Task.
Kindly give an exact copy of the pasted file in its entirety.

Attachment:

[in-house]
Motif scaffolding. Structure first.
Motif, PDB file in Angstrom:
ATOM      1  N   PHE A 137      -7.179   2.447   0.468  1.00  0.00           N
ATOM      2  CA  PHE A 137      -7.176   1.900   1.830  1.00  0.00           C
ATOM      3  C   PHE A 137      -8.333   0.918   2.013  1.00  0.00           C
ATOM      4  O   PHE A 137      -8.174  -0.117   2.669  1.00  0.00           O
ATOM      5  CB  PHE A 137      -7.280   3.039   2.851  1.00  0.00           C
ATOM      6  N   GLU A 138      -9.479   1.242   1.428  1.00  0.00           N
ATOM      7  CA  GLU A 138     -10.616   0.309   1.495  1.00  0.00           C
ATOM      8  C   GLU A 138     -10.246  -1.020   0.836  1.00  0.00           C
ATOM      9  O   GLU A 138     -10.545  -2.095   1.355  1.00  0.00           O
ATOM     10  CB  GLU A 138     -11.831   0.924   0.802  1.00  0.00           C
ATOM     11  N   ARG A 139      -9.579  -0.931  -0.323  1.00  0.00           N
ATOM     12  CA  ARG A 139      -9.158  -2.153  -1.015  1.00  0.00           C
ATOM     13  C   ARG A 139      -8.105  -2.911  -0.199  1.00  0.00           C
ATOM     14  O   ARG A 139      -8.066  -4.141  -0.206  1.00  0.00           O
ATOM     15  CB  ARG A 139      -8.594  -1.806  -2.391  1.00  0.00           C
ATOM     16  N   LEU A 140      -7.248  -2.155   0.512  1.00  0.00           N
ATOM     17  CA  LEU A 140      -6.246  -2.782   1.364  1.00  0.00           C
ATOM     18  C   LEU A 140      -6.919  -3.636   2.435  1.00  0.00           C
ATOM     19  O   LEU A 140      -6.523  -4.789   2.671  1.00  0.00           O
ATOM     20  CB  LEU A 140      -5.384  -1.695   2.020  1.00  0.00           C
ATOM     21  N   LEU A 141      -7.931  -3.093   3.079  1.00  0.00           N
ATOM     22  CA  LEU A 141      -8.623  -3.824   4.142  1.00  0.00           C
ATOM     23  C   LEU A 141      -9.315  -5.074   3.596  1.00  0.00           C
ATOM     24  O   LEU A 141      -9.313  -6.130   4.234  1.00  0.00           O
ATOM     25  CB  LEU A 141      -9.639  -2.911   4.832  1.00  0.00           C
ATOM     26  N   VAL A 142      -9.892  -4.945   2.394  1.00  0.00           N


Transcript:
[in-house]
Motif scaffolding. Structure first.
Motif, PDB file in Angstrom:
ATOM      1  N   PHE A 137      -7.179   2.447   0.468  1.00  0.00           N
ATOM      2  CA  PHE A 137      -7.176   1.900   1.830  1.00  0.00           C
ATOM      3  C   PHE A 137      -8.333   0.918   2.013  1.00  0.00           C
ATOM      4  O   PHE A 137      -8.174  -0.117   2.669  1.00  0.00           O
ATOM      5  CB  PHE A 137      -7.280   3.039   2.851  1.00  0.00           C
ATOM      6  N   GLU A 138      -9.479   1.242   1.428  1.00  0.00           N
ATOM      7  CA  GLU A 138     -10.616   0.309   1.495  1.00  0.00           C
ATOM      8  C   GLU A 138     -10.246  -1.020   0.836  1.00  0.00           C
ATOM      9  O   GLU A 138     -10.545  -2.095   1.355  1.00  0.00           O
ATOM     10  CB  GLU A 138     -11.831   0.924   0.802  1.00  0.00           C
ATOM     11  N   ARG A 139      -9.579  -0.931  -0.323  1.00  0.00           N
ATOM     12  CA  ARG A 139      -9.158  -2.153  -1.015  1.00  0.00           C
ATOM     13  C   ARG A 139      -8.105  -2.911  -0.199  1.00  0.00           C
ATOM     14  O   ARG A 139      -8.066  -4.141  -0.206  1.00  0.00           O
ATOM     15  CB  ARG A 139      -8.594  -1.806  -2.391  1.00  0.00           C
ATOM     16  N   LEU A 140      -7.248  -2.155   0.512  1.00  0.00           N
ATOM     17  CA  LEU A 140      -6.246  -2.782   1.364  1.00  0.00           C
ATOM     18  C   LEU A 140      -6.919  -3.636   2.435  1.00  0.00           C
ATOM     19  O   LEU A 140      -6.523  -4.789   2.671  1.00  0.00           O
ATOM     20  CB  LEU A 140      -5.384  -1.695   2.020  1.00  0.00           C
ATOM     21  N   LEU A 141      -7.931  -3.093   3.079  1.00  0.00           N
ATOM     22  CA  LEU A 141      -8.623  -3.824   4.142  1.00  0.00           C
ATOM     23  C   LEU A 141      -9.315  -5.074   3.596  1.00  0.00           C
ATOM     24  O   LEU A 141      -9.313  -6.130   4.234  1.00  0.00           O
ATOM     25  CB  LEU A 141      -9.639  -2.911   4.832  1.00  0.00           C
ATOM     26  N   VAL A 142      -9.892  -4.945   2.394  1.00  0.00           N